It’s alarming how many people die without a Will. I’m particularly shocked how many people of high net worth put off estate planning. By failing to plan, they leave behind a mess for their family. Such is the case with the “Queen of Soul.” Aretha Franklin’s four sons have been battling over her estate since her death five years ago.
At issue is whether any of these were Franklin’s Will:
#1 – 2010 handwritten papers (signed on each page and notarized) found in a locked cabinet.
#2 – 2014 handwritten pages found in a spiral notebook under couch cushions, with multiple scrawlings, crossed-out words, and insertions.
#3 – A draft of a Will she was preparing with her estate lawyer, to which she referred in three voicemail messages months before she died.
If none qualifies as a legitimate Will, Michigan law would divide the estate equally among Franklin’s four sons.
The case went to trial last week. Jury verdict: the document behind “Door Number Two” wins—the 2014 scribbles which her niece discovered under the couch cushions (many months after Franklin’s death) is the official Will.
Now the work begins to decipher and interpret it. To get an idea of the task at hand, look at this excerpt:
The jury concluded that the smiley face paired with “Franklin” represents her signature. “The process of interpreting a deceased person’s intentions from the lines of a handwritten document can be a confusing, contentious process, one that made for a gripping story line in the HBO series ‘Succession.’ In the show’s final season, the family patriarch’s heirs struggled to decode penciled-in addendums to [patriarch Roy Logan’s] last wishes that were found locked in a safe.”1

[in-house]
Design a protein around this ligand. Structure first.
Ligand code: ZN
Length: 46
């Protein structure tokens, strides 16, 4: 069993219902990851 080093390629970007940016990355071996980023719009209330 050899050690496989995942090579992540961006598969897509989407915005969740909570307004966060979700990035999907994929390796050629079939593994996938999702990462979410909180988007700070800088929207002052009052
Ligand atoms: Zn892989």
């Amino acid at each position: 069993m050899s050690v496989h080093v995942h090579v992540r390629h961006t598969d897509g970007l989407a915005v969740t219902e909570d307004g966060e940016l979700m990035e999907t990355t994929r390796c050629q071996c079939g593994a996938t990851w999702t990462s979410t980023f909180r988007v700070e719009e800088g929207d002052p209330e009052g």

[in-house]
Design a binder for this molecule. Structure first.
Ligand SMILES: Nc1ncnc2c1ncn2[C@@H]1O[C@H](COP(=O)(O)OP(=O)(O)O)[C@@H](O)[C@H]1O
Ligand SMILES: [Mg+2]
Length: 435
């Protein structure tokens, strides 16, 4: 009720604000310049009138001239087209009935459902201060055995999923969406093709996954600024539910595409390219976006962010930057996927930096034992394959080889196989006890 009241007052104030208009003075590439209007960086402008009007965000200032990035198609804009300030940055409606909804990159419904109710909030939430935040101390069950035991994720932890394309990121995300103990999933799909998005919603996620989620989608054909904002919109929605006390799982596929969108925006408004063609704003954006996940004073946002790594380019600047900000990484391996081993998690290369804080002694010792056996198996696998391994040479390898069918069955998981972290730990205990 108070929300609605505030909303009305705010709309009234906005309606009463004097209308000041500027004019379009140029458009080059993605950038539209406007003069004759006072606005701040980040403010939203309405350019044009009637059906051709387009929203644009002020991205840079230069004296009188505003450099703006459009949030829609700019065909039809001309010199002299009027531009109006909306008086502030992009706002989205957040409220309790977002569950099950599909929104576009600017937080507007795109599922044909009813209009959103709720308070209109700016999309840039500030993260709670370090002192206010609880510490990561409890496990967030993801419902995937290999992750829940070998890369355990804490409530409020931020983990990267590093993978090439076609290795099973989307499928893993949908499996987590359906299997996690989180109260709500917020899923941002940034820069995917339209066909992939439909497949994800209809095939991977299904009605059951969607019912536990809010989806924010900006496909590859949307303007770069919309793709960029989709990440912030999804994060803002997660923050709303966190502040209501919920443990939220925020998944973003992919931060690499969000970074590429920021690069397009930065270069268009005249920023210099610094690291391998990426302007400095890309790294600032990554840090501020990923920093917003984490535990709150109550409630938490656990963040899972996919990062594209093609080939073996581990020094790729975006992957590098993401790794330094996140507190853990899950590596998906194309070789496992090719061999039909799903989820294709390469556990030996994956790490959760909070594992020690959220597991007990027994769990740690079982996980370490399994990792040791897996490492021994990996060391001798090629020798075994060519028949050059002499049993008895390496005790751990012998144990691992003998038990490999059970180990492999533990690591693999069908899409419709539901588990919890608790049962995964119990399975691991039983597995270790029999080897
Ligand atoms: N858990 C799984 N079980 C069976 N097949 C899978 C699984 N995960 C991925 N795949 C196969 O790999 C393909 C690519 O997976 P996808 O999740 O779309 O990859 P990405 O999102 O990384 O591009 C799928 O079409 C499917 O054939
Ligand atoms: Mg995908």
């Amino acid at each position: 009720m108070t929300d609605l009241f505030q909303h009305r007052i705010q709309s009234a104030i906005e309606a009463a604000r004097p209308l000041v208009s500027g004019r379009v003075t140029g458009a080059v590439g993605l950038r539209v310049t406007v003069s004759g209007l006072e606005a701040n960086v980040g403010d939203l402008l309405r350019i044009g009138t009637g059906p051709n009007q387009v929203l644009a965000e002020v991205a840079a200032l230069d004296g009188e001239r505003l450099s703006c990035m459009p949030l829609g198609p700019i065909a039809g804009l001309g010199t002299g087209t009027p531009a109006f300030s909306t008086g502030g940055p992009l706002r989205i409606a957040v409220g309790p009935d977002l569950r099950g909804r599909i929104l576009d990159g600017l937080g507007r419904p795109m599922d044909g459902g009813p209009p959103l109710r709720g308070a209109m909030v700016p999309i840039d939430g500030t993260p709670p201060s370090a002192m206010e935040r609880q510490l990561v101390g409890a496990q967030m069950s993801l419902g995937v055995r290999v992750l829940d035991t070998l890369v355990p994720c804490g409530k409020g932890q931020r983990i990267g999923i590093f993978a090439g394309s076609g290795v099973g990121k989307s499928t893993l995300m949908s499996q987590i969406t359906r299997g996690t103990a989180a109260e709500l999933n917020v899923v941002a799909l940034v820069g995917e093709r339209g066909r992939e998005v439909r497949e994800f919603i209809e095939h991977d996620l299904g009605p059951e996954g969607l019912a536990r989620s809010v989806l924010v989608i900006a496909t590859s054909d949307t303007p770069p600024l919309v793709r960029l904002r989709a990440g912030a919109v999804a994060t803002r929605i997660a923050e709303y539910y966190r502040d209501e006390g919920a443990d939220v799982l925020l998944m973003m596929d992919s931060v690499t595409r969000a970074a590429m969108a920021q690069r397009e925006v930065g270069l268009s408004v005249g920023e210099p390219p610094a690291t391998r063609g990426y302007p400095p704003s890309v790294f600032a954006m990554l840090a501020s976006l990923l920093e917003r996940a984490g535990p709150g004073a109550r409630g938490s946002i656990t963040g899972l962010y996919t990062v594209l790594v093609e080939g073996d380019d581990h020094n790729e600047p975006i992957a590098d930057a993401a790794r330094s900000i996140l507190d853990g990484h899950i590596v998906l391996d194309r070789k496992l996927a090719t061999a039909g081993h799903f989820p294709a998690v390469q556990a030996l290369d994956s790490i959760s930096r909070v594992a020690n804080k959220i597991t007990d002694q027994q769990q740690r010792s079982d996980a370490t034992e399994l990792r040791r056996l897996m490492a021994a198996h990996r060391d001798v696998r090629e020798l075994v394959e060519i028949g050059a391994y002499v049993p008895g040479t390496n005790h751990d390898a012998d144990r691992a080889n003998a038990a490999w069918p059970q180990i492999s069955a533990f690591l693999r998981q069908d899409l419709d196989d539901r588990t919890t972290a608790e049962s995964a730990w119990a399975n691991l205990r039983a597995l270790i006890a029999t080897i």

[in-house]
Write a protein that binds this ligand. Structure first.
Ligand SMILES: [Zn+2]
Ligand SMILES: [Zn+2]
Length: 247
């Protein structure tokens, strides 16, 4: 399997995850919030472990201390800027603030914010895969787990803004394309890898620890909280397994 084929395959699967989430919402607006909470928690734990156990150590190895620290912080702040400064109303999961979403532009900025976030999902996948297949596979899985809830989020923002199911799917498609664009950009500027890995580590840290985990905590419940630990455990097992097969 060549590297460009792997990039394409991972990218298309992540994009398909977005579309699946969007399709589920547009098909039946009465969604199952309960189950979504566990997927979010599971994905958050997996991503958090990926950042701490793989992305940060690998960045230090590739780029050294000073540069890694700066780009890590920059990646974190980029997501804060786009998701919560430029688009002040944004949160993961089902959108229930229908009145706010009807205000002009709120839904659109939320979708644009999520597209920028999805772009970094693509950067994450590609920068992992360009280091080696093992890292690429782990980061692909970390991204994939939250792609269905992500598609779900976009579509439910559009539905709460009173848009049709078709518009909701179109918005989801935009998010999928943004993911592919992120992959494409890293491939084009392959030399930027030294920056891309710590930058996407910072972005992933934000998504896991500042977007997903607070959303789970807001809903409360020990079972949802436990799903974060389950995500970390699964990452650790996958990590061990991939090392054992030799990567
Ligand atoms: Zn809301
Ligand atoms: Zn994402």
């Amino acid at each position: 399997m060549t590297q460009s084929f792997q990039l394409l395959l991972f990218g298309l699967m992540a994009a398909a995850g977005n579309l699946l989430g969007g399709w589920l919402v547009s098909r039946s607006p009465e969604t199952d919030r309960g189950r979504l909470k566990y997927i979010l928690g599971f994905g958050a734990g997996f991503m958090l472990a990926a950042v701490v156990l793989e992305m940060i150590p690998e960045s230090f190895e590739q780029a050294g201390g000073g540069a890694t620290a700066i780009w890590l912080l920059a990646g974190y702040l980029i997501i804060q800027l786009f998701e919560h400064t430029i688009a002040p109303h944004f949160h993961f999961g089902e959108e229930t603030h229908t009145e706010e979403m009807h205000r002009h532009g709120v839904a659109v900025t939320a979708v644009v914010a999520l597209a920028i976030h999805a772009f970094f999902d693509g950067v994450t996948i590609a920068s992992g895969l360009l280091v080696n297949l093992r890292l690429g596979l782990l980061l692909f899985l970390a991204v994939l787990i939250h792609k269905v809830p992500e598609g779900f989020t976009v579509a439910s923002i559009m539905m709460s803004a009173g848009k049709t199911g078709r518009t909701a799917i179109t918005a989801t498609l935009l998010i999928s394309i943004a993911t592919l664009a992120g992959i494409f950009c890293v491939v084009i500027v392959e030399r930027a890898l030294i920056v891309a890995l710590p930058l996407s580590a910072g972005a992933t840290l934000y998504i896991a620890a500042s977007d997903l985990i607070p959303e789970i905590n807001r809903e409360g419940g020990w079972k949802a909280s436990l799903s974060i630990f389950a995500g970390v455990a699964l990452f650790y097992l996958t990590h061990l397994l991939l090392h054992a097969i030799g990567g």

The 2014 Will changes the outcome from what Michigan law would dictate if no Will were deemed legitimate. The 2014 Will excludes eldest son Clarence Franklin, suffering from a mental illness and under a legal guardianship (though a recent settlement provides him an undisclosed percentage of the estate.) Youngest son Kecalf Franklin is the big winner, receiving more of his mother’s personal assets, including two of her four houses and her cars. Furthermore, the 2014 document omitted a requirement from the 2010 version requiring that sons Kecalf and Edward “‘must take business classes and get a certificate or a degree’ to benefit from the estate.”2
Franklin’s third son Ted White II asserted that the 2010 document signed on each page, notarized, and kept under lock and key should take precedence over papers found in a couch. The jury disagreed. Unsurprisingly, Ted and Kecalf did not appear to speak to each other at the trial.
Consider the pain and disharmony that could have been avoided if only mom Aretha had left a clear expression of her wishes. Out of “R–E–S–P–E–C–T” for your heirs, please do thoughtful, legally-documented estate planning as a gift to your family.
Marvin E. Blum
1 Julia Jacobs, Is Aretha Franklin’s True Will the One Found in the Couch or a Cabinet?, N.Y. TIMES, Jul. 9, 2023.
2 Ed White, Jury Decides 2014 Document Found in Aretha Franklin’s Couch is a Valid Will, ASSOCIATED PRESS, Jul. 11, 2023.
Out of “R–E–S–P–E–C–T” for your family, learn from Aretha Franklin’s mistake and create a clear, legally-documented estate plan.